VOLUME 19 #3

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DEPARTMENTS

Travis white at Pacific and Atlantic oceans

On a roll

MS patient pedals from Pacific to Atlantic to raise money, awareness

ALUMNI | “What we’re doing here doesn’t seem so extraordinary,” Travis White, AS71, wrote in a June 19 blog entry. “It’s a basic American road trip.”

Of sorts. “Basic” may be a bit of a misnomer.

To be fair, White knows a thing or two about road trips. The first he made at 17, borrowing the family car and driving from Washington, D.C., to Yosemite National Park, to Tijuana, Mexico, and back. He says it was a rite of passage—a final hurrah—before heading off to UD as an undergraduate history major.

His latest began on the 19th of June, in Astoria, Ore. On two wheels. It was a bike ride across the country—at age 61, three years after being diagnosed with multiple sclerosis—to raise money for research on the disease.

The 50-day trip took White along miles of abandoned Idaho highway and up the 9,658-foot Togwotee mountain pass on the continental divide in Wyoming, where he blogged, “If water can make it from here to the Atlantic, I bet we can too.”

He rode along Minnesota’s lakes and through Amish farmland in Wisconsin, visited the bologna capitol of the world in Yale, Mich., and posed in front of Niagara Falls. From the heavily forested hills of upstate New York, he traveled south to the “very pretty, very green, very quirky” towns of Vermont, before finally crossing into New Hampshire.

In the end, every inch of his 3,721-mile journey was for a good cause.

With an initial goal of raising $10 per mile, White ended up contributing more than $31,000 to the National Multiple Sclerosis (MS) Society. “I believe we’re very close not only to alleviating MS, but to eliminating it,” he says.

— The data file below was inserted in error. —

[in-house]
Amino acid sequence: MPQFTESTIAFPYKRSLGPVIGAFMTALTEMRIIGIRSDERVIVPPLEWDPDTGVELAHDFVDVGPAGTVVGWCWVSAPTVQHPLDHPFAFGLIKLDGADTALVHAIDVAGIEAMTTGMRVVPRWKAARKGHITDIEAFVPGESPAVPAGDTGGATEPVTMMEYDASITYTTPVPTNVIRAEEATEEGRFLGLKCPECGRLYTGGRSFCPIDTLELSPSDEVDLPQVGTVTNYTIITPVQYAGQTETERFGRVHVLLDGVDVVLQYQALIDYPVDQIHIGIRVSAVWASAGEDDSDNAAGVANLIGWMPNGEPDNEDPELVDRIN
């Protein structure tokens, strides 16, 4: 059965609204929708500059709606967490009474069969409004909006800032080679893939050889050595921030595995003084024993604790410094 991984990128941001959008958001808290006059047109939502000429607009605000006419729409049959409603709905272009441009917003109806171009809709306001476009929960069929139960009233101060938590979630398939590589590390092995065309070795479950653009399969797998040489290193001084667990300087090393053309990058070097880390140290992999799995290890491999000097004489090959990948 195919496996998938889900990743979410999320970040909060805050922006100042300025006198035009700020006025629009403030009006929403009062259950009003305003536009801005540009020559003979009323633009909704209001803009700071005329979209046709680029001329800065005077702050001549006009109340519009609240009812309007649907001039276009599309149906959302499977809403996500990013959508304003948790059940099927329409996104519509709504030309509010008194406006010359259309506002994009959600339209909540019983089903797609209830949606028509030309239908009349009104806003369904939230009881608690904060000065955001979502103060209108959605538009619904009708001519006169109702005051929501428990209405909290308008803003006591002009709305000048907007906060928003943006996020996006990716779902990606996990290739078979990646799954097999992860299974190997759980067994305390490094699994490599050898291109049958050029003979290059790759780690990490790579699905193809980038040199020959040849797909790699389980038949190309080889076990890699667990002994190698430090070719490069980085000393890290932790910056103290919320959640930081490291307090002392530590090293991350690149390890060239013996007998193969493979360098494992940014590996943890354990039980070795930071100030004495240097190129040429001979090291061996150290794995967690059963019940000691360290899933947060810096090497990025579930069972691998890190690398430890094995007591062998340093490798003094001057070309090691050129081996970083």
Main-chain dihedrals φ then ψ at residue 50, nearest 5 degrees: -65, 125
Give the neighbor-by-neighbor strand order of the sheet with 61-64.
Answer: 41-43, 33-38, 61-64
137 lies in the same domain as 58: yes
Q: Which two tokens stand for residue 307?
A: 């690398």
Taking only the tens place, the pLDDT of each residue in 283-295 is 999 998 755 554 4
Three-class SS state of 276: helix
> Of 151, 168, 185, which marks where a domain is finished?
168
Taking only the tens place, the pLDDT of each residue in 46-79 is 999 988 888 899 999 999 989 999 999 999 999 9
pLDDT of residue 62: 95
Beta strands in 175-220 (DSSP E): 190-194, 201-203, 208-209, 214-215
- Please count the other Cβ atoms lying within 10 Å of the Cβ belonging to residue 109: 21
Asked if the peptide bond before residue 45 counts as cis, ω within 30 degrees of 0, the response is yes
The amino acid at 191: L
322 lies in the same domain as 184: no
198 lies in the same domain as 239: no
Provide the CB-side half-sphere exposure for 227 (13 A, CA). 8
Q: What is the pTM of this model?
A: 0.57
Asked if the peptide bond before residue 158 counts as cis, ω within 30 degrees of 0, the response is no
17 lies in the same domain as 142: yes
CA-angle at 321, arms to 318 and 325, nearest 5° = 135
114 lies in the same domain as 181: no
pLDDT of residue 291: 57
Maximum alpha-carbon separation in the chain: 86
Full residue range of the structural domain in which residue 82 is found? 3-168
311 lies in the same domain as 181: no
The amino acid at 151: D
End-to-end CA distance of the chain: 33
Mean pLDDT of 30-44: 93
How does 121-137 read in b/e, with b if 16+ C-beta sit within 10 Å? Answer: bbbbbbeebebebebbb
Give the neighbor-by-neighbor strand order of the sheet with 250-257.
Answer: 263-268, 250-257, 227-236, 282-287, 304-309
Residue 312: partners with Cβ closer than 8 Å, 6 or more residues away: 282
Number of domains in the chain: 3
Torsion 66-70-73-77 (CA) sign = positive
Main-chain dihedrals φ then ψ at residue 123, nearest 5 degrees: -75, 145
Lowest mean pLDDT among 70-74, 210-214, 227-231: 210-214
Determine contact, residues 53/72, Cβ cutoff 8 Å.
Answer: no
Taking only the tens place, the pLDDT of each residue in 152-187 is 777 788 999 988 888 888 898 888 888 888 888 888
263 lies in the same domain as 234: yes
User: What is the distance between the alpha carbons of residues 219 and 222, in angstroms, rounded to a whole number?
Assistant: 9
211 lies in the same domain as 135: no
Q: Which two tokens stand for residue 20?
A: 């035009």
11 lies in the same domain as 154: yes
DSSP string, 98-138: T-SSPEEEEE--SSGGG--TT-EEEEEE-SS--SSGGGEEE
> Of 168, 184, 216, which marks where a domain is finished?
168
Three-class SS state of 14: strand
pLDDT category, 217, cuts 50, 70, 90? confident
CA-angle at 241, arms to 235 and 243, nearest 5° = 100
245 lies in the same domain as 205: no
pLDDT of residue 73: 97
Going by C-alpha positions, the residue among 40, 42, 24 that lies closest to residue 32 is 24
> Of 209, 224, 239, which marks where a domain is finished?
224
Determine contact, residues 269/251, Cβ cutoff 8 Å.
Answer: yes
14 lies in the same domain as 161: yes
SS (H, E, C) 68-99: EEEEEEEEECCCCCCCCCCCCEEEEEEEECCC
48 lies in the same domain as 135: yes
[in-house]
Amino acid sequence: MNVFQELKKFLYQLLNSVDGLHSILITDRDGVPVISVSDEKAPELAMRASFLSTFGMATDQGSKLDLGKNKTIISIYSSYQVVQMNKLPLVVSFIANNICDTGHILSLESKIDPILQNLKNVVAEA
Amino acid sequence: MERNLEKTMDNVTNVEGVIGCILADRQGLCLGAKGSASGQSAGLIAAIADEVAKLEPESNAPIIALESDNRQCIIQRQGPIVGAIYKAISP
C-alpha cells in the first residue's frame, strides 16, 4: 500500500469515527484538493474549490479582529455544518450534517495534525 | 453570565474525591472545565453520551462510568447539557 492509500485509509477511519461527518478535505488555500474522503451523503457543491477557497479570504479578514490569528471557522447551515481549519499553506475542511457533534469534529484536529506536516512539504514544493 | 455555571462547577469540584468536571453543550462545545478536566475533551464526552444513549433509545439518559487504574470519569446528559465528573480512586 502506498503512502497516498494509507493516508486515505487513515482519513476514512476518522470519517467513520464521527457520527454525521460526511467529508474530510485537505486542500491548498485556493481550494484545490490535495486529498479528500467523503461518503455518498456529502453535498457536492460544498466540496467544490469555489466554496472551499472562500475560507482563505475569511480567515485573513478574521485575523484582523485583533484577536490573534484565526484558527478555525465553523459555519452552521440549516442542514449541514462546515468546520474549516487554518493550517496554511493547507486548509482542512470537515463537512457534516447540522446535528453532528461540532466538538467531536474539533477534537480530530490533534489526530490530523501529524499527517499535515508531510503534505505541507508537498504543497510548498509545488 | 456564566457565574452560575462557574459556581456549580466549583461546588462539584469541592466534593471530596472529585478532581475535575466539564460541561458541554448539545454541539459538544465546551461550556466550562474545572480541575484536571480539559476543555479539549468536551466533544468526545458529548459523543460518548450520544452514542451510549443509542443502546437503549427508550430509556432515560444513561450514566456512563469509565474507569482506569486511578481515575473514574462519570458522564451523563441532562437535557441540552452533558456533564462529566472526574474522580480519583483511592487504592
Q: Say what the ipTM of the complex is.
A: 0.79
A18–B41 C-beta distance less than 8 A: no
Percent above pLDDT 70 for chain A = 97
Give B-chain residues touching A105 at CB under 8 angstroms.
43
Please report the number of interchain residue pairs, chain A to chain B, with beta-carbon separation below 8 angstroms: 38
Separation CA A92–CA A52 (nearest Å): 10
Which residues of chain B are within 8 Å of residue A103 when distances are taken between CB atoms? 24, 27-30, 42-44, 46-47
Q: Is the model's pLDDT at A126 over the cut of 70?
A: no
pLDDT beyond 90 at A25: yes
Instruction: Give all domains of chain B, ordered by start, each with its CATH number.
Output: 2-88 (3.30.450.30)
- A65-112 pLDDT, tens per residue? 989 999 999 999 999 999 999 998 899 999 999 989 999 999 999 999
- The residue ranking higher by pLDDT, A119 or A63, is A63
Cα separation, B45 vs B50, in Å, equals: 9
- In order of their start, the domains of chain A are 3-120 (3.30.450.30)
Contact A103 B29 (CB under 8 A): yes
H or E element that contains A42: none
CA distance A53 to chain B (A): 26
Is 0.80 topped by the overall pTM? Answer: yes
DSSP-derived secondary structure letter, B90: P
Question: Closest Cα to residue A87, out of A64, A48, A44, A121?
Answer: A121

Diagnosed at 58, White has Relapsing/Remitting MS, a condition where remission lasts for long periods of time but always with the possibility of relapse, during which time new symptoms can appear and old ones can resurface.

“My symptoms are mild. It feels like my right hand, right foot and the right side of my head have gone to sleep,” he says. “I haven’t lost any function, but I have lost sensation.”

His goal now is to avoid a relapse, and his doctors have advised three things to lower his risk: Reduce stress, avoid infection, and stay in good physical condition.

“So I’ve retired, I wash my hands a lot, and I exercise regularly,” he explains. “Indeed, part of the reason I bicycled across America was to give myself a challenge that would help keep me in good shape.”

He rode across the country with 30 other adults in a trip organized by America by Bicycle, a company that specializes in long-distance rides. A marketing and public relations expert, he blogged his entire experience at www.travisbikesamerica.com, describing the scenery; documenting daily statistics on speed, incline and distance; and sharing anecdotes about his trip and his fellow riders.

“A braver bunch I’ve never met,” he wrote. “As I’ve gotten to know them, I’ve become ever more amazed at the obstacles and challenges that they’ve overcome. I’m just proud to be one of the gang. So, if you ever think that you could not possibly do a cross-country bike ride, well, you’ve got another think coming.”

Article by Artika Rangan, AS05

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